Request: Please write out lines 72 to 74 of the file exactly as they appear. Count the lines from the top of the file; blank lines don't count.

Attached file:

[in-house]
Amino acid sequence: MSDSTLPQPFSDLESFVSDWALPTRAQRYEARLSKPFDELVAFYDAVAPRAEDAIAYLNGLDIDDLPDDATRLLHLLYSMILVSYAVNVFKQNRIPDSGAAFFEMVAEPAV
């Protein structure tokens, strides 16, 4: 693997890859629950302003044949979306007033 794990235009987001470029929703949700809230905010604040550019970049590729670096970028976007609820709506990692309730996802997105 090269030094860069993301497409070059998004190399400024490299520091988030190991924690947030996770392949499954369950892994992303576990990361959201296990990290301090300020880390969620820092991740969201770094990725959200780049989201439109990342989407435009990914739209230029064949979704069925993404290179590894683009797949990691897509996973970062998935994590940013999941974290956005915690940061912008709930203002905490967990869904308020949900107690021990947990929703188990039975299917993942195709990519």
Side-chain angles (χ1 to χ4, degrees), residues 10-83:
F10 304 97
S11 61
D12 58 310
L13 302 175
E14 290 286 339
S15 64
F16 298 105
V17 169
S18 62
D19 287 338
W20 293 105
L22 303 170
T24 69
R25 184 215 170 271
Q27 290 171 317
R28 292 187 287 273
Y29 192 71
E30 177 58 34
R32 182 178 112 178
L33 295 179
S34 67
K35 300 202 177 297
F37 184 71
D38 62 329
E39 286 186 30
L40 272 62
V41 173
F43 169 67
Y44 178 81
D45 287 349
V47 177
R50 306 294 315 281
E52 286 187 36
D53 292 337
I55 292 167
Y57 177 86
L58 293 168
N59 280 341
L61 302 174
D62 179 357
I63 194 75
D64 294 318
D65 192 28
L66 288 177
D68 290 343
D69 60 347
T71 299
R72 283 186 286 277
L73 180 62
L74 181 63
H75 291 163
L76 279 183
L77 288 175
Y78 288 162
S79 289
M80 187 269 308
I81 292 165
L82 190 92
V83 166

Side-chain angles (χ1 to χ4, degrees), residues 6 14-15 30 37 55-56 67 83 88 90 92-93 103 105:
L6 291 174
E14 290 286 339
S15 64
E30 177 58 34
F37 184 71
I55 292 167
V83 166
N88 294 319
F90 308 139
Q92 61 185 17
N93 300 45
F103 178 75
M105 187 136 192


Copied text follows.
N88 294 319
F90 308 139
Q92 61 185 17